College of DuPage Nursing Student Alyssa Spingola asks, “What is a circadian rhythm?” Your personal circadian rhythm is like an internal 24-hour clock that is affected and adjusted by your outside surroundings. It is controlled by the light and dark of the day and night. If this cycle is altered you will experience difficulties with sleeping, the ability to stay awake, or a decreased quality of sleep.
Nursing students and medical professionals experience this shift in their circadian rhythm throughout their careers. This is due to the ever-changing world and schedules they have to adjust each week. There are many studies trying to look at the internal effect it is having on our body systems as well. These systems include neurological, cardiac, and endocrine systems.
How are your body and circadian rhythm affected?
If we think about nursing students and newly licensed nurses, they are often put on the night shifts or rotating shifts. This means that they are now forced to be awake when their bodies are used to being asleep and quickly have to change back to days from week to week. They have seen sleep disturbances, physiological impact, health issues, nutrition, and general functioning issues. These symptoms and effects will be different from person to person, but they are all showing the effects of your circadian rhythm is changed. These symptoms may be seen as fatigue, mood alterations, obesity, diabetes, and difficulty concentrating. We want to make sure our medical professionals are at the top of their ability to be able to help the community. However, this can be very difficult when trying to adjust to the new way of work schedules.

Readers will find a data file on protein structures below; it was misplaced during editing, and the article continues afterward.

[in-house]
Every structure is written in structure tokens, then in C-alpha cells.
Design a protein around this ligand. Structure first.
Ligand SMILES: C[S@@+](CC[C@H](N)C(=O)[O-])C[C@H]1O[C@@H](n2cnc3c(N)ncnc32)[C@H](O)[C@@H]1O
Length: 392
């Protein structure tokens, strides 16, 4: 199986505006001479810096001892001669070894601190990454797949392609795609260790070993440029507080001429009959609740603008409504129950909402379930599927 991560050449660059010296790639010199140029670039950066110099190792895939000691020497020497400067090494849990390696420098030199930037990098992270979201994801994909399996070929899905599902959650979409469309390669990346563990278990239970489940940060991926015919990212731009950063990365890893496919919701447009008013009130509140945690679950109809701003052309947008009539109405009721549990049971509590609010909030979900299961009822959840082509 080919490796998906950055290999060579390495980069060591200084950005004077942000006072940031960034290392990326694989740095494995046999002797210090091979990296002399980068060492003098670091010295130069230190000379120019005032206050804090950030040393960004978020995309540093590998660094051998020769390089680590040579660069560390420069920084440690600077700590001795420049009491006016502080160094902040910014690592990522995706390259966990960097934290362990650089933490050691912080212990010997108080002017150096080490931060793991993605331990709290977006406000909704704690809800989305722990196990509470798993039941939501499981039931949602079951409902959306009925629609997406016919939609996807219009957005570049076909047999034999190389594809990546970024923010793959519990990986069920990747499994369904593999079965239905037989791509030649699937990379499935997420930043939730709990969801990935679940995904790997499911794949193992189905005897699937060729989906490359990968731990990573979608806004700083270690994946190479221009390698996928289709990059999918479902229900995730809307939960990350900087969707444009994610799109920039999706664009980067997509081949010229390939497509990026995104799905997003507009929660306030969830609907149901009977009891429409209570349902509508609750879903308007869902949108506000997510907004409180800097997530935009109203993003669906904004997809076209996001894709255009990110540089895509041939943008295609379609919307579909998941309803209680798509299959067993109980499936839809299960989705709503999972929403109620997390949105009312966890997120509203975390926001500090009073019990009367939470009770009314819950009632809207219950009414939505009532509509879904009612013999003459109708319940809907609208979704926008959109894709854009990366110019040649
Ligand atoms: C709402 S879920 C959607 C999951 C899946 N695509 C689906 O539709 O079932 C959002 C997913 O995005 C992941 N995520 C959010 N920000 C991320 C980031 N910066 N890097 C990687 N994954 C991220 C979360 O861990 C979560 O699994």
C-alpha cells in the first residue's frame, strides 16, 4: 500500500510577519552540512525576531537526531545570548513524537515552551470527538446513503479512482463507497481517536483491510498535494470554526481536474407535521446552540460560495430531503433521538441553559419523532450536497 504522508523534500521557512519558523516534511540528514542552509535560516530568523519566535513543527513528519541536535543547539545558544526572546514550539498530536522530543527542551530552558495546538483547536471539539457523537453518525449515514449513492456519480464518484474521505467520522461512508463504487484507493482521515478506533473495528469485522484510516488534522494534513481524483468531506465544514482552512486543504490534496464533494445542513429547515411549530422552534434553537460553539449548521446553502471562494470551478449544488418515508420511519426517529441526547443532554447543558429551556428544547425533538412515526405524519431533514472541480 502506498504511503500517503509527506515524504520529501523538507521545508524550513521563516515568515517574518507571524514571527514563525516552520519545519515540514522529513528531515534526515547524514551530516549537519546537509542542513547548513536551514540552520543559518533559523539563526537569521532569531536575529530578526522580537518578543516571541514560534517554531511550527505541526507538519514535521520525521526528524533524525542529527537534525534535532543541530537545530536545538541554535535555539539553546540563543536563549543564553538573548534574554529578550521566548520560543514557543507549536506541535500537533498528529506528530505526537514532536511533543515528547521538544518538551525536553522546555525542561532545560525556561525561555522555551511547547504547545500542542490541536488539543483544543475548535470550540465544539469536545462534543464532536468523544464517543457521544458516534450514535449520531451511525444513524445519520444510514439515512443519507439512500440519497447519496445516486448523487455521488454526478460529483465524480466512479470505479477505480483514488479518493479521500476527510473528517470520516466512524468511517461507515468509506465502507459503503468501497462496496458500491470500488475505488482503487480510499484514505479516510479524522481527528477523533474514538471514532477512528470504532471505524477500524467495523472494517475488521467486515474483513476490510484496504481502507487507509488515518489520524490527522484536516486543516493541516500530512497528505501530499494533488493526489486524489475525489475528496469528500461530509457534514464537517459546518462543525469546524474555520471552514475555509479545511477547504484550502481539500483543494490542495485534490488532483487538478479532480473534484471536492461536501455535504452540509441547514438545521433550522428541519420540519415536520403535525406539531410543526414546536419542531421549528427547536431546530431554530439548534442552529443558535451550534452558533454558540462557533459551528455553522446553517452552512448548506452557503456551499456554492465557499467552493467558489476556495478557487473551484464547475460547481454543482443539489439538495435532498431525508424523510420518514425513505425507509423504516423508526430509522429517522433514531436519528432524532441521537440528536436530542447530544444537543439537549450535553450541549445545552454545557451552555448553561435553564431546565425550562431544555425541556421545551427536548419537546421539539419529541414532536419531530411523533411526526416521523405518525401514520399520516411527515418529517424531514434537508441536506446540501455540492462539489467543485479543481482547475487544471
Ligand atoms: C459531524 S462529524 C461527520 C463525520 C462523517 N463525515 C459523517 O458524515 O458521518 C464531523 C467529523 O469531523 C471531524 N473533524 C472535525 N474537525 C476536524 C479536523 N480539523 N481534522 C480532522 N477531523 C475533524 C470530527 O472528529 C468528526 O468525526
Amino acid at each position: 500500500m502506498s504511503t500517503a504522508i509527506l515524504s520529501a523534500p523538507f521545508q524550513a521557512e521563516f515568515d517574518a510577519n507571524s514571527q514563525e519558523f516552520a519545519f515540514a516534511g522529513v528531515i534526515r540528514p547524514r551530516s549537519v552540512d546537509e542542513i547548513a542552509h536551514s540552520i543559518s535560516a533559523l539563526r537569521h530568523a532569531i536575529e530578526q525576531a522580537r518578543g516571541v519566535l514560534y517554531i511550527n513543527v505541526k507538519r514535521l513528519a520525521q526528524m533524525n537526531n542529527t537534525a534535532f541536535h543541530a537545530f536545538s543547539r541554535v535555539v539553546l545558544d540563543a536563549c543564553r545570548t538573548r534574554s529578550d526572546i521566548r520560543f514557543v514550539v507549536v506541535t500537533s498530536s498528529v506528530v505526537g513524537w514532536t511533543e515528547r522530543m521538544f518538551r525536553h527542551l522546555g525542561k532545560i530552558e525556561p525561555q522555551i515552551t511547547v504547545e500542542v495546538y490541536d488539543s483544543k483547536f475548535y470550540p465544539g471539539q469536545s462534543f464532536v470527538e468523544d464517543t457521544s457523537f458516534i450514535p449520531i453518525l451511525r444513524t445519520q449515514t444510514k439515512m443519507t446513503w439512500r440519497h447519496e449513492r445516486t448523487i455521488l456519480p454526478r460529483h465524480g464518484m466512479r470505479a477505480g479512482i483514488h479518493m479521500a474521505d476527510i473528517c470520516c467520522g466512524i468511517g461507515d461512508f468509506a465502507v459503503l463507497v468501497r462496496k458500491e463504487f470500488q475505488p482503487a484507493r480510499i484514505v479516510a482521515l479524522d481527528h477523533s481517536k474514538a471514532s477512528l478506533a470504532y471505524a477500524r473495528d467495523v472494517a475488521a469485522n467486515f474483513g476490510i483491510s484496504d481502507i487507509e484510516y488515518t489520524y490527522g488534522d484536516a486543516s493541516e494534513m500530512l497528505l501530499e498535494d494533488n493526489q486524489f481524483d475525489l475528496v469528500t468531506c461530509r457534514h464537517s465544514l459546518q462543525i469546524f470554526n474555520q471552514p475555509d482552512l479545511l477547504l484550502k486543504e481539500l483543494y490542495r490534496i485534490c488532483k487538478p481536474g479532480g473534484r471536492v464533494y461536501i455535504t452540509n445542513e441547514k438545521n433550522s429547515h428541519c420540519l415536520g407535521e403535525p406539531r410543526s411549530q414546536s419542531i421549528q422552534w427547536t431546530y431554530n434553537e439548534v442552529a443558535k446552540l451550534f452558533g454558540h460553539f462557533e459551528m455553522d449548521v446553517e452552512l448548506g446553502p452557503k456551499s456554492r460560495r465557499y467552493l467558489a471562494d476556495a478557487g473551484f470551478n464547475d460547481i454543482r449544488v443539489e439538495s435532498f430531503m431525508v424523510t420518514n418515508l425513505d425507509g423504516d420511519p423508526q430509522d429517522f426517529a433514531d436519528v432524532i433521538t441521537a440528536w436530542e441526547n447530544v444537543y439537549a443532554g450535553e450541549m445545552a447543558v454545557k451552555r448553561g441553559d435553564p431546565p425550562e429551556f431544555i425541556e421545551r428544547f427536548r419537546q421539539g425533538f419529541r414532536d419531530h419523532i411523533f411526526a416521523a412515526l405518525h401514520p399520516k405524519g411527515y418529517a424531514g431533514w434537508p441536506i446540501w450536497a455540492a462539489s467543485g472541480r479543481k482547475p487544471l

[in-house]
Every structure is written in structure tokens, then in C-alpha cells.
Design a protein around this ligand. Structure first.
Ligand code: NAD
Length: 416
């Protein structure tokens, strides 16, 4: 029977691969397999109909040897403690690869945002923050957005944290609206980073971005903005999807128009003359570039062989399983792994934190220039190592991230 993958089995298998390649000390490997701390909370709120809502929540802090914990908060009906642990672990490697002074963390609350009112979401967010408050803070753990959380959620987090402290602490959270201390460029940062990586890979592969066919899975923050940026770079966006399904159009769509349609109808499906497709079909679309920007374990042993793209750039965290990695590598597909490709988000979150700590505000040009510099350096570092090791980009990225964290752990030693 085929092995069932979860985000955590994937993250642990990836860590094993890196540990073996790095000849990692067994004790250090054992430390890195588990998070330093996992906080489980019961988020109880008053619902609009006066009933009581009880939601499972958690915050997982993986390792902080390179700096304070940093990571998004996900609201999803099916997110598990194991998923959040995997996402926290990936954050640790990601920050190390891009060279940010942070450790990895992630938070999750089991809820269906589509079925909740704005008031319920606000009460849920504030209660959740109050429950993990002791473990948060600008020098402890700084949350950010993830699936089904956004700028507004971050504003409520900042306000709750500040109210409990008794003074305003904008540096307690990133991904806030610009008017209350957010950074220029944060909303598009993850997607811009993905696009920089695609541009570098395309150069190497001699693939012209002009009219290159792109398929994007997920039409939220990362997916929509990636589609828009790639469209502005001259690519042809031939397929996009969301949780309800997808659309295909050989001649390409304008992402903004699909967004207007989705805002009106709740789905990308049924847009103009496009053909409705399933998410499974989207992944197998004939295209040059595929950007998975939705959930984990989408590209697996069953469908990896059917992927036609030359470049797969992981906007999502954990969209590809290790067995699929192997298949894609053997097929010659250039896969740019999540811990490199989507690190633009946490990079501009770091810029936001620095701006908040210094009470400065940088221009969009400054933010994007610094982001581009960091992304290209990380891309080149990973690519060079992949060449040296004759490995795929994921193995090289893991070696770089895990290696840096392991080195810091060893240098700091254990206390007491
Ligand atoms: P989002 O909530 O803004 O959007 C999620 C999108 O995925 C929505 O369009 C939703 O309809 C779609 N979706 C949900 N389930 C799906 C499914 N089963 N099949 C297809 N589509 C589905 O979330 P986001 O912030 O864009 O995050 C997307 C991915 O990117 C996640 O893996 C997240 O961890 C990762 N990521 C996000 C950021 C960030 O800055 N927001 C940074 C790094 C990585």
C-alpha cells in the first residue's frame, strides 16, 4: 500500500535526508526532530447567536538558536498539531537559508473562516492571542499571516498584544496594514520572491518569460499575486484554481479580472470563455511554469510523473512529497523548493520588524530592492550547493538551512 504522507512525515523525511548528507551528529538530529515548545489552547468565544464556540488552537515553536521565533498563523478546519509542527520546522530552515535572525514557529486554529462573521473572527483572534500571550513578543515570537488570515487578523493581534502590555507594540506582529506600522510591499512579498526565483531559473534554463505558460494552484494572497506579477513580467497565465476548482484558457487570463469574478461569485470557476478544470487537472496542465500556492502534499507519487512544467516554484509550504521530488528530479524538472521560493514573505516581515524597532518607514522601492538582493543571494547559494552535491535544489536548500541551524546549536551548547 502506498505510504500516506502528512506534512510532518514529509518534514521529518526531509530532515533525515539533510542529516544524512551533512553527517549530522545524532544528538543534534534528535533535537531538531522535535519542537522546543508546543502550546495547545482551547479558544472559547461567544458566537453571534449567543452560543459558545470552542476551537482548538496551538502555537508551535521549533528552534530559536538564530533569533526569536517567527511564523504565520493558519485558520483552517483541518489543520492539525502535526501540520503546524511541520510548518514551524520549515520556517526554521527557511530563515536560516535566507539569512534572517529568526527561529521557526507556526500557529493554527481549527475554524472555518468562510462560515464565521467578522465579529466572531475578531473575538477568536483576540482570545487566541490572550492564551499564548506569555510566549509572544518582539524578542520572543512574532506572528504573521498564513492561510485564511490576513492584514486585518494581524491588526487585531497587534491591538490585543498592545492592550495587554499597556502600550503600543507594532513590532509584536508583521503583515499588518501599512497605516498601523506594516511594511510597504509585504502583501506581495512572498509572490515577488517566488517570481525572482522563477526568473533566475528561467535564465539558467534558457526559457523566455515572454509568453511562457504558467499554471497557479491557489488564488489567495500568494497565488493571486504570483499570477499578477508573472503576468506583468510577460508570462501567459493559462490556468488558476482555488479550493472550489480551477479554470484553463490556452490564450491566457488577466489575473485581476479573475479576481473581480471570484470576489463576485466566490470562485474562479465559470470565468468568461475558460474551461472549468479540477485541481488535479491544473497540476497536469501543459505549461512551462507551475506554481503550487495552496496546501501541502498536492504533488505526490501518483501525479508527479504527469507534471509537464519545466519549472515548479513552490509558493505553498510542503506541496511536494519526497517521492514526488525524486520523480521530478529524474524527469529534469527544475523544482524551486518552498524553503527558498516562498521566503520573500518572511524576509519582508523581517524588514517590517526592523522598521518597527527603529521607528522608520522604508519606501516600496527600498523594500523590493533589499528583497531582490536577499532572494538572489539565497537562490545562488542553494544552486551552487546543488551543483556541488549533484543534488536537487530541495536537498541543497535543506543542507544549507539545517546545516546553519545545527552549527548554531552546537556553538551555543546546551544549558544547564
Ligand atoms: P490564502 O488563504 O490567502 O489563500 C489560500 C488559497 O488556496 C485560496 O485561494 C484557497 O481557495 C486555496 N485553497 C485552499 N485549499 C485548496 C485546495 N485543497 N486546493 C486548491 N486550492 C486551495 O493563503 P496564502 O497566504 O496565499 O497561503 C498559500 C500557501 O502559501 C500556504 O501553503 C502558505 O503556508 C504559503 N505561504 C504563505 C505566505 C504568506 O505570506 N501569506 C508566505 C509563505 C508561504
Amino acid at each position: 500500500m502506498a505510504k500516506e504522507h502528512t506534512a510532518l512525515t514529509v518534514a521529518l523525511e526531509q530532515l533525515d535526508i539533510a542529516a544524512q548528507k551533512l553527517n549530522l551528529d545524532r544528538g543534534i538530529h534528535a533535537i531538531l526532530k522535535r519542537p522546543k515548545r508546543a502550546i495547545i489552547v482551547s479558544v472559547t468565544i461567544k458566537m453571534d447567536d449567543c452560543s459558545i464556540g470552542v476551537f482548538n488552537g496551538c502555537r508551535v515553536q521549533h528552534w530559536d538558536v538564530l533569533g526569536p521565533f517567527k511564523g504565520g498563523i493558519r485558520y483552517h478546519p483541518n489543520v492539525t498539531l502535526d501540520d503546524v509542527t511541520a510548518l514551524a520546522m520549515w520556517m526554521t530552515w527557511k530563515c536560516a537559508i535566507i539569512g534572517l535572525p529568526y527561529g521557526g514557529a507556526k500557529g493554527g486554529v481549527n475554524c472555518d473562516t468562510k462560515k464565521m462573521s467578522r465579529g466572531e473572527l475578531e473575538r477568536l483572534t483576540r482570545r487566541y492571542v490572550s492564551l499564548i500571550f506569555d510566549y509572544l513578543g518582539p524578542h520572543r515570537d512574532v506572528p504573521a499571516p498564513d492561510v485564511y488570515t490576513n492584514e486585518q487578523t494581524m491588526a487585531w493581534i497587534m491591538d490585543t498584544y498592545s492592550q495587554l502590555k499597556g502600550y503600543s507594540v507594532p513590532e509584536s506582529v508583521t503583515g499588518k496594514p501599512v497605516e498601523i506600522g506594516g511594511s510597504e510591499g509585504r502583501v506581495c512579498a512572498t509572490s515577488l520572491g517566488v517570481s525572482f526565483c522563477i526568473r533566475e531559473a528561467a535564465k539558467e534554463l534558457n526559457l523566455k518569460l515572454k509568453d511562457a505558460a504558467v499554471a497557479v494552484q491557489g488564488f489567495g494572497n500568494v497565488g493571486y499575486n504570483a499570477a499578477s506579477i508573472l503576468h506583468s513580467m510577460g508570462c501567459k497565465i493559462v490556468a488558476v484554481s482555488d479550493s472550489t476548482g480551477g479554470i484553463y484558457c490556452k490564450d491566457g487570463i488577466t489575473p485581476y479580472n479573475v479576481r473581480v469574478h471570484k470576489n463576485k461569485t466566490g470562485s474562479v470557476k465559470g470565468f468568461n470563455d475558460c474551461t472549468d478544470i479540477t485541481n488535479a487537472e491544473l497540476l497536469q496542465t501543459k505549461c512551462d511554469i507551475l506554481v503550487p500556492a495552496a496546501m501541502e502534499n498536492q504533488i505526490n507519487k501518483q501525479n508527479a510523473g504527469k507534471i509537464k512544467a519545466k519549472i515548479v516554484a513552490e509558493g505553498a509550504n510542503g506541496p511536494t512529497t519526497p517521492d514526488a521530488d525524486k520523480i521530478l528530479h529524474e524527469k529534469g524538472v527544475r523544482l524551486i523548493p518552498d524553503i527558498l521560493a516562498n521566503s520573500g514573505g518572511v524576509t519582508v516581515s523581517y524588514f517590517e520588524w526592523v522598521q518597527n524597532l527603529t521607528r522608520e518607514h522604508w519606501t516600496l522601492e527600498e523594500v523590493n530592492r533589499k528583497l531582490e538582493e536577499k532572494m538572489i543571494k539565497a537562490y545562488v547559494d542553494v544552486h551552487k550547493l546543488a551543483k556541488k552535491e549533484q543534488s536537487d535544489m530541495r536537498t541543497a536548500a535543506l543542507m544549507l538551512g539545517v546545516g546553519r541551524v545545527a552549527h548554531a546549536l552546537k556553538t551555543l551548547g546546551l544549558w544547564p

What can you do to help?
They are not able to change night shift times versus day shift times because the healthcare field needs to be staffed 24/7, 365 days a year. So how do we help healthcare professionals from burning out from their crazy schedules? Simple changes can be made to help you adjust including; light exposure, plan a napping schedule, exercise, and make mindful food choices. You want to minimize your light exposure before going to sleep to help with the darkness effect, but you want to sit by light and be exposed for about 20 minutes before your shift to help your body recognize the light and wake up. According to studies, when you change your light exposure, you may experience the positive effects of your alertness, physical fitness, and sleep balance. Planning short naps that align with your circadian rhythm can help improve alertness throughout your night shifts.
When making mindful decisions about what you eat and put into your body, along with exercise, can help with your energy levels and reduce the risks for future health problems. These new changes may not be completely life-changing, however, one step at a time can help readjust your circadian rhythm to help you be a first responder and change the world, one patient, at a time.